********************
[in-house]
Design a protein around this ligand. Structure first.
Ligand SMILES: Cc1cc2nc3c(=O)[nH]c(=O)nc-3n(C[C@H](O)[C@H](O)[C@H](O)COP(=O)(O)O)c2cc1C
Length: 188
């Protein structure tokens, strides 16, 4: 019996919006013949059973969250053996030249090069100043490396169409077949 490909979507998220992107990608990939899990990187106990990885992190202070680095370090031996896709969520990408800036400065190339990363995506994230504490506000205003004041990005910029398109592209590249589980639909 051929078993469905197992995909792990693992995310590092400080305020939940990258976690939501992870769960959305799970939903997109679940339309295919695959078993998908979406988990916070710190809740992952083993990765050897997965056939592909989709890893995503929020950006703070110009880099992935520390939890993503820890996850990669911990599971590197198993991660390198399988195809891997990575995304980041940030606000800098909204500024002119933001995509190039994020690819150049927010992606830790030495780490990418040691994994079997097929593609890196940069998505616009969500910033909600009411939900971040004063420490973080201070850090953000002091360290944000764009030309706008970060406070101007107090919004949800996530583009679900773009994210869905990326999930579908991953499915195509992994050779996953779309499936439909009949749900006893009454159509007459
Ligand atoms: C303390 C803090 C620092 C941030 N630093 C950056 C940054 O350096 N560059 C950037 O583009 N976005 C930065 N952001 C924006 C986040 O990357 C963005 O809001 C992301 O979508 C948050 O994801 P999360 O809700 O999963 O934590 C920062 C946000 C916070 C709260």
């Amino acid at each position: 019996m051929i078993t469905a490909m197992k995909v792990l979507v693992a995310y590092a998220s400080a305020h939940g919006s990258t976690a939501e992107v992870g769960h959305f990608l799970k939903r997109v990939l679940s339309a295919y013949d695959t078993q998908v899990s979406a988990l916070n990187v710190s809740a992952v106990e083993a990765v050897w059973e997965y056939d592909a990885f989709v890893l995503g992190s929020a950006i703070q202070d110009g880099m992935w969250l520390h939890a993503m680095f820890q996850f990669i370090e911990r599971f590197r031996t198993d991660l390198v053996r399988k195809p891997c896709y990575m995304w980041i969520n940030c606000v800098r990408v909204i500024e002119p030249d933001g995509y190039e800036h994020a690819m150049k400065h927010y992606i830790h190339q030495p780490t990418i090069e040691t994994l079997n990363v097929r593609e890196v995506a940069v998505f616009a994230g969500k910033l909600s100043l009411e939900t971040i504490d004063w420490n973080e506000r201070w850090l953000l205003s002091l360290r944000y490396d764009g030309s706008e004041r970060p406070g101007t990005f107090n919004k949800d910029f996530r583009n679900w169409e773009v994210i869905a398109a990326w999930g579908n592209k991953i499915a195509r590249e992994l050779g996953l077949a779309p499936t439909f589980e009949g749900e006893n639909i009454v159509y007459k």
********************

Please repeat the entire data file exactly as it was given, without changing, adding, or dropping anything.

[in-house]
Design a protein around this ligand. Structure first.
Ligand SMILES: Cc1cc2nc3c(=O)[nH]c(=O)nc-3n(C[C@H](O)[C@H](O)[C@H](O)COP(=O)(O)O)c2cc1C
Length: 188
């Protein structure tokens, strides 16, 4: 019996919006013949059973969250053996030249090069100043490396169409077949 490909979507998220992107990608990939899990990187106990990885992190202070680095370090031996896709969520990408800036400065190339990363995506994230504490506000205003004041990005910029398109592209590249589980639909 051929078993469905197992995909792990693992995310590092400080305020939940990258976690939501992870769960959305799970939903997109679940339309295919695959078993998908979406988990916070710190809740992952083993990765050897997965056939592909989709890893995503929020950006703070110009880099992935520390939890993503820890996850990669911990599971590197198993991660390198399988195809891997990575995304980041940030606000800098909204500024002119933001995509190039994020690819150049927010992606830790030495780490990418040691994994079997097929593609890196940069998505616009969500910033909600009411939900971040004063420490973080201070850090953000002091360290944000764009030309706008970060406070101007107090919004949800996530583009679900773009994210869905990326999930579908991953499915195509992994050779996953779309499936439909009949749900006893009454159509007459
Ligand atoms: C303390 C803090 C620092 C941030 N630093 C950056 C940054 O350096 N560059 C950037 O583009 N976005 C930065 N952001 C924006 C986040 O990357 C963005 O809001 C992301 O979508 C948050 O994801 P999360 O809700 O999963 O934590 C920062 C946000 C916070 C709260």
């Amino acid at each position: 019996m051929i078993t469905a490909m197992k995909v792990l979507v693992a995310y590092a998220s400080a305020h939940g919006s990258t976690a939501e992107v992870g769960h959305f990608l799970k939903r997109v990939l679940s339309a295919y013949d695959t078993q998908v899990s979406a988990l916070n990187v710190s809740a992952v106990e083993a990765v050897w059973e997965y056939d592909a990885f989709v890893l995503g992190s929020a950006i703070q202070d110009g880099m992935w969250l520390h939890a993503m680095f820890q996850f990669i370090e911990r599971f590197r031996t198993d991660l390198v053996r399988k195809p891997c896709y990575m995304w980041i969520n940030c606000v800098r990408v909204i500024e002119p030249d933001g995509y190039e800036h994020a690819m150049k400065h927010y992606i830790h190339q030495p780490t990418i090069e040691t994994l079997n990363v097929r593609e890196v995506a940069v998505f616009a994230g969500k910033l909600s100043l009411e939900t971040i504490d004063w420490n973080e506000r201070w850090l953000l205003s002091l360290r944000y490396d764009g030309s706008e004041r970060p406070g101007t990005f107090n919004k949800d910029f996530r583009n679900w169409e773009v994210i869905a398109a990326w999930g579908n592209k991953i499915a195509r590249e992994l050779g996953l077949a779309p499936t439909f589980e009949g749900e006893n639909i009454v159509y007459k």